STEP TWO: Talk to the technical people at the manufacturer about both chemicals that the student used. The technical people should not be defensive since they are clearly not liable for this injury. They never said these gloves should be used for prolonged contact with chemicals. Kimberly Clark has their policy right on their website which says:
Kimberly-Clark* Nitrile Gloves are thin gauge disposable gloves designed to provide
barrier protection and tactile sensitivity to the wearer. Our thin mil gloves are not designed
for applications involving prolonged, direct exposure to chemicals. Our intent in providing
this chemical compatibility information is to provide a guideline for use of our thin mil gloves in
applications where incidental splash exposure to various chemicals may occur. Gloves should be
removed and replaced immediately if incidental splash exposure occurs.
So if there was a splash or any contact between the chemicals and the glove, including on the back of the hand, the student should have known to immediately remove and replace the glove.
STEP THREE. If the permeation expert at the glove manufacturer thinks either of these chemicals can penetrate the thin mill gloves over time, this information belongs in the accident report. It establishes the most probable cause.
The Kimberly Clark chart says 98-95% sulfuric acid can go through the gloves in one minute. It is only after 47% dilution or greater that the full 8 hours of the ASTM F739 test can be attained. There is no data on the chart for iodoacetic acid. Ask the manufacturers about this one.
STEP FOUR. Rewrite policy regarding use of these gloves to exclude any more that a few seconds contact with chemicals. Use the manufacturer's policy language to protect liability.
STEP FIVE. Explain in student training that acids, solvents and other chemicals are molecules. The glove is just more molecules loosely strung together as a polymer. Many times the liquid molecules can squiggle right through the polymer membrane without showing any signs of having done so. The speed of penetration is related to the type of liquid, the type of polymer membrane, the thickness of the glove, whether the glove membrane was created from a water latex or solvent solution, and many more factors. This is too complicated to estimate so there is a nice ASTM test that manufacturers do that tells you how many minutes it takes.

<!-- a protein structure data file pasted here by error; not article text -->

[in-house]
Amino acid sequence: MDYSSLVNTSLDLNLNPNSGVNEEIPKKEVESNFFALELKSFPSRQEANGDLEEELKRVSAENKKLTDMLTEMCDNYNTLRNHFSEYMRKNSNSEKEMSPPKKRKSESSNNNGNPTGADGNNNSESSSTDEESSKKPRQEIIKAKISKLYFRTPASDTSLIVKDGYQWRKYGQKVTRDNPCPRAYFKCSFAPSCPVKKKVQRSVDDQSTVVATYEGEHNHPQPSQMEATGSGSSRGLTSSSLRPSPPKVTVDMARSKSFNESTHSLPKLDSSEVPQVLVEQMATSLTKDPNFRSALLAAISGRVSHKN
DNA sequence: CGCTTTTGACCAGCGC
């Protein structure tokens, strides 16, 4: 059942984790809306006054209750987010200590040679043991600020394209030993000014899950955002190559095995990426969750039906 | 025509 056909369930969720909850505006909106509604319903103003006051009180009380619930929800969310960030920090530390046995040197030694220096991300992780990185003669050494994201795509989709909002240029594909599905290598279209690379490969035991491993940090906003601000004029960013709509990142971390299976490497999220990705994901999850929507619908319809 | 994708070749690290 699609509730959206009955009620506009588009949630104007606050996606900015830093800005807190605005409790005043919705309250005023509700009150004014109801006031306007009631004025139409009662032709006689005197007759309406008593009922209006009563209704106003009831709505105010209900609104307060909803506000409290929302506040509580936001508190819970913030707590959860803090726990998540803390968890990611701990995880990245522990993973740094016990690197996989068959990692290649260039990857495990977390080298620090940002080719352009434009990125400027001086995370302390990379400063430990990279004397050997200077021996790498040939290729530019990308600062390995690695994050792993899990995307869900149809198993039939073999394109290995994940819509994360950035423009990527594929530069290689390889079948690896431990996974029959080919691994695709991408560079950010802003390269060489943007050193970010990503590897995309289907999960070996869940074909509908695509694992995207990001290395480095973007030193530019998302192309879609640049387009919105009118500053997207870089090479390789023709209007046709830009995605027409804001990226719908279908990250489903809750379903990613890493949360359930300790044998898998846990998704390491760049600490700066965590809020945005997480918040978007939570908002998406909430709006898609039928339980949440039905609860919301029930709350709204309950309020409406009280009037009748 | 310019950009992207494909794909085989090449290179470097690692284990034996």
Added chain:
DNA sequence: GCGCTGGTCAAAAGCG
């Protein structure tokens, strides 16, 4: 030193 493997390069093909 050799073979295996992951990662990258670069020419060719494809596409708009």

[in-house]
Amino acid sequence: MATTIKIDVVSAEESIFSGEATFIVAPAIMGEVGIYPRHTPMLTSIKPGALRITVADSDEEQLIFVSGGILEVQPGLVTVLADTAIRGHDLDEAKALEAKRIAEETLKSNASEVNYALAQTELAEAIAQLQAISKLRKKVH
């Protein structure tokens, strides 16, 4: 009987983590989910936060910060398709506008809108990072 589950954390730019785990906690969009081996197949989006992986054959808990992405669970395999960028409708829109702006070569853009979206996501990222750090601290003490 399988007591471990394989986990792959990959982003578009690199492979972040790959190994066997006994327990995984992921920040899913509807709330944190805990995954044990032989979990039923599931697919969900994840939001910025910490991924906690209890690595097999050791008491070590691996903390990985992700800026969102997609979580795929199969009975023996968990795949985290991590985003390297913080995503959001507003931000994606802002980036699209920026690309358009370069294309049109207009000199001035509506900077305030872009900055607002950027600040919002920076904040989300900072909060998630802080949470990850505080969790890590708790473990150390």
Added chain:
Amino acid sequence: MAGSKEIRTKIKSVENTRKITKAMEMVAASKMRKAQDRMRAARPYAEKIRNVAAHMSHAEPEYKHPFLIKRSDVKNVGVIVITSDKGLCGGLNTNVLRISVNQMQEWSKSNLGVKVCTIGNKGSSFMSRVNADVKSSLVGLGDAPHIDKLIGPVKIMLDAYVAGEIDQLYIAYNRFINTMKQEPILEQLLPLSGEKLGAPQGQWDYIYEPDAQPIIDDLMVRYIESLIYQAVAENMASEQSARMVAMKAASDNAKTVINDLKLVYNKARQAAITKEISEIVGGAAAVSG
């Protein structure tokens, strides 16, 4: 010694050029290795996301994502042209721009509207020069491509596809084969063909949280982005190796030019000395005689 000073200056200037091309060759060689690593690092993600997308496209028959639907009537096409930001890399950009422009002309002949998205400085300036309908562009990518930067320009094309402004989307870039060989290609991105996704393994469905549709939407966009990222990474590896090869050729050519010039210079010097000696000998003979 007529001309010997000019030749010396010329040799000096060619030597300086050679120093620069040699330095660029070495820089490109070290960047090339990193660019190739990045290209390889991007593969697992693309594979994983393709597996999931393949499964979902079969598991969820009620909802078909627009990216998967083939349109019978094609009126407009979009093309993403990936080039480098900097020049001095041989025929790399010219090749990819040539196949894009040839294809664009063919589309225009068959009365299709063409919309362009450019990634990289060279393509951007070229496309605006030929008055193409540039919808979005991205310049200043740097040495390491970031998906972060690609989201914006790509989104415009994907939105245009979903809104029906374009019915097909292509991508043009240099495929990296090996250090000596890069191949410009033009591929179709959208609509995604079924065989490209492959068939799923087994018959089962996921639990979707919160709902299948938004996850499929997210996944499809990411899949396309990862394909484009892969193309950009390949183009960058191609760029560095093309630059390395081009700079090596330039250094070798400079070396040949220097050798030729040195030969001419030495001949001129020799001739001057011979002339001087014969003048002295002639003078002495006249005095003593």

Then hold up your glove charts. Nail the policy and glove charts to the lab wall and you're done.
Sound like a plan?
From: Wiediger, Susan <swiedig**At_Symbol_Here**SIUE.EDU>
To: DCHAS-L <DCHAS-L**At_Symbol_Here**PRINCETON.EDU>
Sent: Wed, Nov 6, 2019 12:04 pm
Subject: [DCHAS-L] delayed acid burn
Asking this question on behalf of a colleague from another university (so if there are follow-up questions, there may be a communications delay in answering them):
What kinds of delayed reactions are known for iodoacetic or concentrated sulfuric acid?
Here's the background:
A graduate student was working with concentrated sulfuric acid to acidify wastewater (wastewater treatment plant effluent) samples, and spiking them with iodoacetic acid (small quantities, since it was a spike). An experienced student,
who had done this before , she was wearing nitrile gloves (the typical disposable type). To the best of her knowledge, she had no skin contact with the chemicals she was using and used proper glove removal technique.
Approximately a day or so later, she noticed a blistered looking patch on the back of her hand, near the joint of the thumb and first finger bones - about the size of a nickel. It spread, and by about four days after the presumed exposure,
covered approximately half of the back of the hand. On-campus medical referred to a more experienced doctor, who ended up referring the student to a hospital with burn expertise (including chemical burns). The campus EH&S felt the response was due to the sulfuric
or maybe the iodoacetic acids; the hospital agreed it looked like a chemical burn. The assumption is that acid penetrated the gloves or fell off the gloves onto skin during removal.
Treatment ended up including cadaver skin transplant; the student seems to be recovering well and doing fine. However, all involved would like a better understanding of what might have happened.
Information related to the question above, or other ideas as to what else you might consider checking for possibilities, is welcomed.
Susan D. Wiediger, Ph.D.
Professor of Chemistry
Southern Illinois University Edwardsville
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